Wednesday, March 08, 2006

Monastic life

Taken from "A Day in the Life of a Catholic Monk"


For most people, the only monks they come across are in Brother Cadfael or The Name of the Rose. It often comes as a surprise to learn that they are also real people. There are still monasteries of monks and nuns in England, most of them belonging to the Roman Catholic Church, all of them witnessing to God by their life of prayer and by a rich variety of works including teaching, running parishes, giving retreats, creating beautiful objects like stained glass and ceramics, and inspiring others with uplifting music and worship. Unlike missionaries and friars, who travel about quite a lot in the course of their work, monks tend to stay put in one place, so that the monastery which they make their home becomes a focus for the prayer life of the local community and a stable point in a rapidly changing world.

During Mass, The whole community is gathered together for the celebration of the eucharist, in which we remember the saving sacrifice of Christ, and renew the offering of ourselves to God. Afterwards, the monks go about their different jobs, whether it be teaching in the school, looking after a local parish, or dealing with visitors. In the middle of our working day, we pause to remember that it is God who gives value to our work and sustains us in our labours. This is followed by lunch. We begin by singing grace together; then, as we eat in silence, one of the brethren reads to us an extract which the Abbot has chosen: it might be an academic article from a journal, or a sermon or lecture. At the end of the day is Compline. It is the last part of the Divine Office, which we sing by heart in the darkened Church. Afterwards, there is silence in the monastery until breakfast the next morning. Some monks will go to bed soon afterwards; for others there is still work to be done: the school will not quieten down until 11.30 p.m. I tend to get to bed around 10.00 p.m.



Hm. With just a little editing...

For most people, the only graduate students they come across are in The Paper Chase. It often comes as a surprise to learn that they are also real people. There are still graduate schools of monks and nuns in England, most of them belonging to the state, all of them witnessing to NSF by their life of research and by a rich variety of works including teaching, running demos, giving retreats, creating beautiful objects like posters, and boring others with boring papers. Unlike professors, who travel about quite a lot in the course of their work, graduate students tend to stay put in one place, so that the graduate school which they make their home becomes a focus for the academic life of the local community and a stable point in a rapidly changing world.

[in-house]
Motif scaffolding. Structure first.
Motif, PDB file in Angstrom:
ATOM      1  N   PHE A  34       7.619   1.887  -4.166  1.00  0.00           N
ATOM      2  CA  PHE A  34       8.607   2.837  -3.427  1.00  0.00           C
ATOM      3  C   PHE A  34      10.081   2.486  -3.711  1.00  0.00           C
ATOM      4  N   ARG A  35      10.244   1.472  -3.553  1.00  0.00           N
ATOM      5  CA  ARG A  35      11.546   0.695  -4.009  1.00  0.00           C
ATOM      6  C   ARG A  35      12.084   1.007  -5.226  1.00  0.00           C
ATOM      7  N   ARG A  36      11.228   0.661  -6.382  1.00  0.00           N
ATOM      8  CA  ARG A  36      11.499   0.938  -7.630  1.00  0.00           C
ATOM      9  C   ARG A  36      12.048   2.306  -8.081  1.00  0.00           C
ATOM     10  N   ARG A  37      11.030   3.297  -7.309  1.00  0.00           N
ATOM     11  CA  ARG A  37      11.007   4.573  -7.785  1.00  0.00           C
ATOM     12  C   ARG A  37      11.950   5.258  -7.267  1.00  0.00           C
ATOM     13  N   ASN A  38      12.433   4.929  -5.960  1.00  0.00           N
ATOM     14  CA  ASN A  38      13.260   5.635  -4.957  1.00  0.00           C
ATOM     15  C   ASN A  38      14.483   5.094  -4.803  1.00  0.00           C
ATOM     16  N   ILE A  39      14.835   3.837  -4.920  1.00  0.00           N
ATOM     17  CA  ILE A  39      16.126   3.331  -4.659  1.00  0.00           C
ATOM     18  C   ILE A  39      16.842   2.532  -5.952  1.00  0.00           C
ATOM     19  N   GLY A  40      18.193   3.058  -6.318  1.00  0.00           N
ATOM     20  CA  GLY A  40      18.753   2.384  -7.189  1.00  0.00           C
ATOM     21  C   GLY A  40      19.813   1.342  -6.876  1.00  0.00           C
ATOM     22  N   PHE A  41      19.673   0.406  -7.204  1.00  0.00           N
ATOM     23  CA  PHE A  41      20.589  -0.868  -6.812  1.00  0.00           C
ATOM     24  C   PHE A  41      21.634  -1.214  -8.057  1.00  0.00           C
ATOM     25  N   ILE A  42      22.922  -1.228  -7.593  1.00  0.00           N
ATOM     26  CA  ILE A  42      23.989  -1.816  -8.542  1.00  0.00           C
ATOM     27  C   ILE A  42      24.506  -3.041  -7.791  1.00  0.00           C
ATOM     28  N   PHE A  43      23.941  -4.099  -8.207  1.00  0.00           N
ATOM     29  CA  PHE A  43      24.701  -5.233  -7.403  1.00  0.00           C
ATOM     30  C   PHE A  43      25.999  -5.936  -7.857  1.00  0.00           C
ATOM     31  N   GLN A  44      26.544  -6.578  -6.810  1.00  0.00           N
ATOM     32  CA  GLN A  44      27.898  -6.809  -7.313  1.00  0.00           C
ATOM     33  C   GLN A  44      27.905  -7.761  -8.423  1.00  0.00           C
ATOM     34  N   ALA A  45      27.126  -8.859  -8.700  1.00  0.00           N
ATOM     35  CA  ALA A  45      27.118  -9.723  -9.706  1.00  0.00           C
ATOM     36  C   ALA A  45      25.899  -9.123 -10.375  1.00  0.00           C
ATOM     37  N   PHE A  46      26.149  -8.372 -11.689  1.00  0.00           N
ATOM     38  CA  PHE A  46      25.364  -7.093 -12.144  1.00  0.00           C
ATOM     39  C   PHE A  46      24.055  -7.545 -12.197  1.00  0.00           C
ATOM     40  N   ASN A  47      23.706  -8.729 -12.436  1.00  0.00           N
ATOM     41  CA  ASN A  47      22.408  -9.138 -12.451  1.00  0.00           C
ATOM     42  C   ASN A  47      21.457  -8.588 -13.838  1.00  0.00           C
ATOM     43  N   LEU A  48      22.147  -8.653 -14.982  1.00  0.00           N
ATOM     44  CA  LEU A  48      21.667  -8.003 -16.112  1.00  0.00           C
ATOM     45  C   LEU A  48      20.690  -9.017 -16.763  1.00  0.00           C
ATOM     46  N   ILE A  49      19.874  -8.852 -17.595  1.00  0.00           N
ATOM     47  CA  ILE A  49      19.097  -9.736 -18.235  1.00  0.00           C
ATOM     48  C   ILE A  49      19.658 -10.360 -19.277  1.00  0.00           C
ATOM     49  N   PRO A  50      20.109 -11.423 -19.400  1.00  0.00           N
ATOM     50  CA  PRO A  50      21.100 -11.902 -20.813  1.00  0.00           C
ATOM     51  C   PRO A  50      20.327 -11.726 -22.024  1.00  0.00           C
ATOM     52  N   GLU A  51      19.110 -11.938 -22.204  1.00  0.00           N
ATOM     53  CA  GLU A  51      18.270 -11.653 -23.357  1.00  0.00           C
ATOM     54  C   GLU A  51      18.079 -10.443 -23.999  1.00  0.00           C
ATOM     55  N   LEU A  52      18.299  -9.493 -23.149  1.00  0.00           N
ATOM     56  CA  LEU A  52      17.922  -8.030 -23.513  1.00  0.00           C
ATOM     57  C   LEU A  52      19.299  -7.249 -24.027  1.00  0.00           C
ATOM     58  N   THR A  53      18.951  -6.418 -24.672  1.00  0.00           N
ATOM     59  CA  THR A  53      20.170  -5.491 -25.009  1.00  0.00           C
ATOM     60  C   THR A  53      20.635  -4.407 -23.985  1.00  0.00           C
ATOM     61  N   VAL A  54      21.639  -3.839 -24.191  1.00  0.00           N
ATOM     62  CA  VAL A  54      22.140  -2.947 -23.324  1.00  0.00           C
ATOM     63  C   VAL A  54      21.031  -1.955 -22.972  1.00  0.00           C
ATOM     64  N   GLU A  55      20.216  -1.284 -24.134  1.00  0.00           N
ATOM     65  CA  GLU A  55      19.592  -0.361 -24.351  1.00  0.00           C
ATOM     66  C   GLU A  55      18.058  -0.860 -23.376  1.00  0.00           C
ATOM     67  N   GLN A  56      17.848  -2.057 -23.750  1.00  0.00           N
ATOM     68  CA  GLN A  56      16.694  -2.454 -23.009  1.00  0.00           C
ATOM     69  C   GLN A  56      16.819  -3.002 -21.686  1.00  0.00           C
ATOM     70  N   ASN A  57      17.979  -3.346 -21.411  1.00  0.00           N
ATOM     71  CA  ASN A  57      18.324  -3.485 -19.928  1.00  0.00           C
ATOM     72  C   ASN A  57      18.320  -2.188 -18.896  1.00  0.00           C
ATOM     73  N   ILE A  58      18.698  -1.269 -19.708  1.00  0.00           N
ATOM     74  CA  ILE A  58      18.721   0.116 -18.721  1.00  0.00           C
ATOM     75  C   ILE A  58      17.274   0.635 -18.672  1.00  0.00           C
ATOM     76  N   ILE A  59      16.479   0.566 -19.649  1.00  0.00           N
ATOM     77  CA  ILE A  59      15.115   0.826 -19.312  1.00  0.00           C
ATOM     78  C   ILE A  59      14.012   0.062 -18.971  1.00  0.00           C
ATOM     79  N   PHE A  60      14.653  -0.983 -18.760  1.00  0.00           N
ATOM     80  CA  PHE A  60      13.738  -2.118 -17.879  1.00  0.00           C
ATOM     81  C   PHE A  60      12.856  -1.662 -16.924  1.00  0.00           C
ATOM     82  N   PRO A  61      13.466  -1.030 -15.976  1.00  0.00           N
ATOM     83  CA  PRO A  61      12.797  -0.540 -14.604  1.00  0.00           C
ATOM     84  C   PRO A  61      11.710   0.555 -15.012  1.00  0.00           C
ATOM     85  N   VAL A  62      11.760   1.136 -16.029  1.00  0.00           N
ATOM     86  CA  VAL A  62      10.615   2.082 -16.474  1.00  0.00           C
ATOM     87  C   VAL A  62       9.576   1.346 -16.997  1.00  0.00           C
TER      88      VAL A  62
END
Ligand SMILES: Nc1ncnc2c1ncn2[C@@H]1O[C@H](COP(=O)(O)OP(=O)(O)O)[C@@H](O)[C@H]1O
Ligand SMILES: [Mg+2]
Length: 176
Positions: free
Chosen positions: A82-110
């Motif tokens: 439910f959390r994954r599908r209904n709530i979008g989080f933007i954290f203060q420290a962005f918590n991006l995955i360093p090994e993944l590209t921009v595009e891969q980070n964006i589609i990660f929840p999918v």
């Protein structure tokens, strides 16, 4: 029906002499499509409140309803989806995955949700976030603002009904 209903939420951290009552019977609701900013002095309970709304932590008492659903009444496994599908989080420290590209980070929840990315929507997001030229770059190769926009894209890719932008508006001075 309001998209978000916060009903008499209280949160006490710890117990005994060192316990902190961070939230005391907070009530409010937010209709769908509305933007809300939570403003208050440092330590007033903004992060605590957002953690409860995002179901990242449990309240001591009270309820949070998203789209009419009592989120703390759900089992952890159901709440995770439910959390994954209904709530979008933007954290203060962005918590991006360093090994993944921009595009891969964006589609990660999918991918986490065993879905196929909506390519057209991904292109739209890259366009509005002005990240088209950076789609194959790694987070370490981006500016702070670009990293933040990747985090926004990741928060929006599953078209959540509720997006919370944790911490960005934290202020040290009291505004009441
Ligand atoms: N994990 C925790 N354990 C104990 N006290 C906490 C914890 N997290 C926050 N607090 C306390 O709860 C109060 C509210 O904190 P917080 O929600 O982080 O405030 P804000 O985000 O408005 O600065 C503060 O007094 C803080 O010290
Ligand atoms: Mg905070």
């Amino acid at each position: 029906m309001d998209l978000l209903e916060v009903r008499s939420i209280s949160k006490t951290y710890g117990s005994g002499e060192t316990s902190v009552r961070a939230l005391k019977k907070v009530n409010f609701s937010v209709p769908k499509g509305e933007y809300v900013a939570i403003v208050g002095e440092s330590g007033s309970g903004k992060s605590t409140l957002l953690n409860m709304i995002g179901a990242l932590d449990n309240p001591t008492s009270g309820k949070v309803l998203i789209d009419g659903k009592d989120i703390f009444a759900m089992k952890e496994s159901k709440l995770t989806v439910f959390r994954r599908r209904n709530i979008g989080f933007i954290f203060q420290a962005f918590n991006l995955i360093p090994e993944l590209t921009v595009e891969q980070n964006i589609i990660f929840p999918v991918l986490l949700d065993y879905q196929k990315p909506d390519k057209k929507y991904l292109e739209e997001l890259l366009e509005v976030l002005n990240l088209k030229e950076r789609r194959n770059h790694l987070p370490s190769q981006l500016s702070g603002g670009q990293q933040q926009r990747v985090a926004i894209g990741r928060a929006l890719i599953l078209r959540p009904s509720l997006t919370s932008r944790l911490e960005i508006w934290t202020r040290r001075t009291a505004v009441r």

During the research group meeting, The whole group is gathered together for the celebration of the advisor, in which we remember the saving sacrifice of funding, and renew the offering of ourselves to our advisor. Afterwards, the graduate students go about their different jobs, whether it be teaching in the school, looking after an undergrad, or dealing with visitors. In the middle of our working day, we pause to remember that it is our advisor who gives value to our work and sustains us in our labours. This is followed by lunch. We begin by singing grace together; then, as we eat in silence, we read: one of the brethren reads to us an extract which the Abbot has chosen: it might be an academic article from a journal, or an e-mail. At the end of the day is finally getting to work on research. It is the last part of the Divine Office, which we sing by heart in the darkened Church. Afterwards, there is silence in the office until breakfast the next morning. Some graduate students will go to bed soon afterwards; for others there is still work to be done: the school will not quieten down until 4:00 a.m. I tend to get to bed around 1 a.m.


The lesson: Monks get more sleep than I do. Maybe I should be a monk.

3 comments:

blithering moron said...

lol... awesome.

Blogel said...

ha ha!!
cool post in a novel way!

awu said...

Hi...

I pretty much decided where to go to grad school, and I'm really sorry that you may not be enjoying where you are.

I had a pretty interesting experience in my travels to these schools -- I'll probably get to tell you more in person some day -- but I do hope you find your calling in a way where you can not only do great research (if that's what makes sense for you) but also work towards something greater and more meaningful for you and the rest of the world that would benefit from your happiness.